Partitioned Exponential Methods for Coupled Multiphysics Systems
Multiphysics problems involving two or more coupled physical phenomena a...
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Highorder partitioned spectral deferred correction solvers for multiphysics problems
We present an arbitrarily highorder, conditionally stable, partitioned ...
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Symplectic GARK methods for Hamiltonian systems
Generalized Additive RungeKutta schemes have shown to be a suitable too...
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Stabilized explicit multirate methods for stiff differential equations
Stabilized RungeKutta (aka Chebyshev) methods are especially efficient ...
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Dynamical analysis in a selfregulated system undergoing multiple excitations: first order differential equation approach
In this paper, we discuss a novel approach for studying longitudinal dat...
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Lanczoslike method for the timeordered exponential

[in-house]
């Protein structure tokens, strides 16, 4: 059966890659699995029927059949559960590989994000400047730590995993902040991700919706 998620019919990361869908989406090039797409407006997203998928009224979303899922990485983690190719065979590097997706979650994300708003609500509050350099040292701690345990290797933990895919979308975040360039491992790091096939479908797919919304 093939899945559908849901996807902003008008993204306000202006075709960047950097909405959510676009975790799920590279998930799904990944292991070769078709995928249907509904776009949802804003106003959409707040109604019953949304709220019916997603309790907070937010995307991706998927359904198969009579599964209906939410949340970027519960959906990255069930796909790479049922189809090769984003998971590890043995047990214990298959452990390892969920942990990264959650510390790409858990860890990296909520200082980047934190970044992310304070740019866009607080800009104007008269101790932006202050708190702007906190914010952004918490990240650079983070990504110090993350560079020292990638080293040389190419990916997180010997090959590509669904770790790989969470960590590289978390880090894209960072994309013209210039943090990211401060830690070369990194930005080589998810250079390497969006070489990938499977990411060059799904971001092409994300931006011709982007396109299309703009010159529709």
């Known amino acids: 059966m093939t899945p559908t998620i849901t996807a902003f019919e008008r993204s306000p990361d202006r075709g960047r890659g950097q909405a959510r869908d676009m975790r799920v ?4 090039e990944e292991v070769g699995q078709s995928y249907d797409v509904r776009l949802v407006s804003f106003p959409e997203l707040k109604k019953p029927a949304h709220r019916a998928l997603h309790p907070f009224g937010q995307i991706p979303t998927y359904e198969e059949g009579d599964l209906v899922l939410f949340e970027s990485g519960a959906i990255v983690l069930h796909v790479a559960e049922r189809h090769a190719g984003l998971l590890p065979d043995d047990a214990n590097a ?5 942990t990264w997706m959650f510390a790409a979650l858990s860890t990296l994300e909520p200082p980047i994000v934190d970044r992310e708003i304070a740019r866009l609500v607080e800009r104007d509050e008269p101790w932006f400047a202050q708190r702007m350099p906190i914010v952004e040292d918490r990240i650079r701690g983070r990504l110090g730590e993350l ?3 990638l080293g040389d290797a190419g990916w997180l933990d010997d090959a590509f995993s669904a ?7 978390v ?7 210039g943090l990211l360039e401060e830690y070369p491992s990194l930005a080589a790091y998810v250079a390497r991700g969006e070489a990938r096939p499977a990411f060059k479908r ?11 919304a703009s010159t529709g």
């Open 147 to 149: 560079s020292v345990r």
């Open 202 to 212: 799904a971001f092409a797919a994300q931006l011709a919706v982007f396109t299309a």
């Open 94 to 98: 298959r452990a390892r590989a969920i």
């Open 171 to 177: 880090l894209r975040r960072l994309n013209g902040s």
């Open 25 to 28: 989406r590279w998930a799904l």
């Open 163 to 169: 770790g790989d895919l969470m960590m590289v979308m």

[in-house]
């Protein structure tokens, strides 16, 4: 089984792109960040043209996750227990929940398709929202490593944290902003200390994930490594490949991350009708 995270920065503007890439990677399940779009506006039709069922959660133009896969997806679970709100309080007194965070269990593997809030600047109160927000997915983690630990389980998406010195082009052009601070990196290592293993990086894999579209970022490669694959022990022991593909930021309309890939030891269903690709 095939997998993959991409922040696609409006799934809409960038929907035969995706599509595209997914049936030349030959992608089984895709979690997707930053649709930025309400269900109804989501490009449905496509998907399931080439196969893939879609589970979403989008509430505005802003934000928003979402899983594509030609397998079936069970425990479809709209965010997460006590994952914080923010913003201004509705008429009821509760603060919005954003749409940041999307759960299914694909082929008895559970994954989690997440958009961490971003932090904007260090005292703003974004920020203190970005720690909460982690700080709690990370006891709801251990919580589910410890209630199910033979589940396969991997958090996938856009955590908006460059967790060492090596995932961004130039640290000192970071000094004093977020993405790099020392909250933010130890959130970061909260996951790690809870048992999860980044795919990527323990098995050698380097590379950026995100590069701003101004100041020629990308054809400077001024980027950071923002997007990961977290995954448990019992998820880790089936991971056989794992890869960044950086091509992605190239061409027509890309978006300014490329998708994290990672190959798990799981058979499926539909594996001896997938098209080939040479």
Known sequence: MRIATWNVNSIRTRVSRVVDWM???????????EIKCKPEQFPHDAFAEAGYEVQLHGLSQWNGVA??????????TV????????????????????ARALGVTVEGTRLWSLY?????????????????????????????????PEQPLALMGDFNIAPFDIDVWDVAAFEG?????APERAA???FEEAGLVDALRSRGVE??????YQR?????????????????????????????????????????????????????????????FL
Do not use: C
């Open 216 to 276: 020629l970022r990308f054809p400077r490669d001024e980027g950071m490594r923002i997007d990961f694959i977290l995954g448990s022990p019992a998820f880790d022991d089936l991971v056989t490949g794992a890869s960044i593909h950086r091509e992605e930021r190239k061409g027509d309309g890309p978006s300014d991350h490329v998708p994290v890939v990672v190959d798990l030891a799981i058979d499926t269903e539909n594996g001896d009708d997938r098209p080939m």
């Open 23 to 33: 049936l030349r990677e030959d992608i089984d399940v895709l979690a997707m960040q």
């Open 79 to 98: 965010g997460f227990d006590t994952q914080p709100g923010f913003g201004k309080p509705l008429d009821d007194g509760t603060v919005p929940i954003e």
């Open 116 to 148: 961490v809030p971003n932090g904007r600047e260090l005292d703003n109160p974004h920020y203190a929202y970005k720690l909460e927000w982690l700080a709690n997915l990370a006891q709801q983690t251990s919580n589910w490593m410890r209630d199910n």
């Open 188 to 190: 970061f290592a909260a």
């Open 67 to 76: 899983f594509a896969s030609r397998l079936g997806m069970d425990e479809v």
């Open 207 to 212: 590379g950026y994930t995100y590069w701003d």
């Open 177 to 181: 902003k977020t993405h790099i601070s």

The timeordered exponential is defined as the function that solves any ...
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Lanczoslike algorithm for the timeordered exponential: The ∗inverse problem
The timeordered exponential of a timedependent matrix A(t) is defined ...
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Efficient implementation of partitioned stiff exponential RungeKutta methods
Multiphysics systems are driven by multiple processes acting simultaneously, and their simulation leads to partitioned systems of differential equations. This paper studies the solution of partitioned systems of differential equations using exponential RungeKutta methods. We propose specific multiphysics implementations of exponential RungeKutta methods satisfying stiff order conditions that were developed in [Hochbruck et al., SISC, 1998] and [Luan and Osterman, JCAM, 2014]. We reformulate stiffly–accurate exponential Runge–Kutta methods in a way that naturally allows of the structure of multiphysics systems, and discuss their application to both component and additively partitioned systems. The resulting partitioned exponential methods only compute matrix functions of the Jacobians of individual components, rather than the Jacobian of the full, coupled system. We derive modified formulations of particular methods of order two, three and four, and apply them to solve a partitioned reactiondiffusion problem. The proposed methods retain full order for several partitionings of the discretized problem, including by components and by physical processes.
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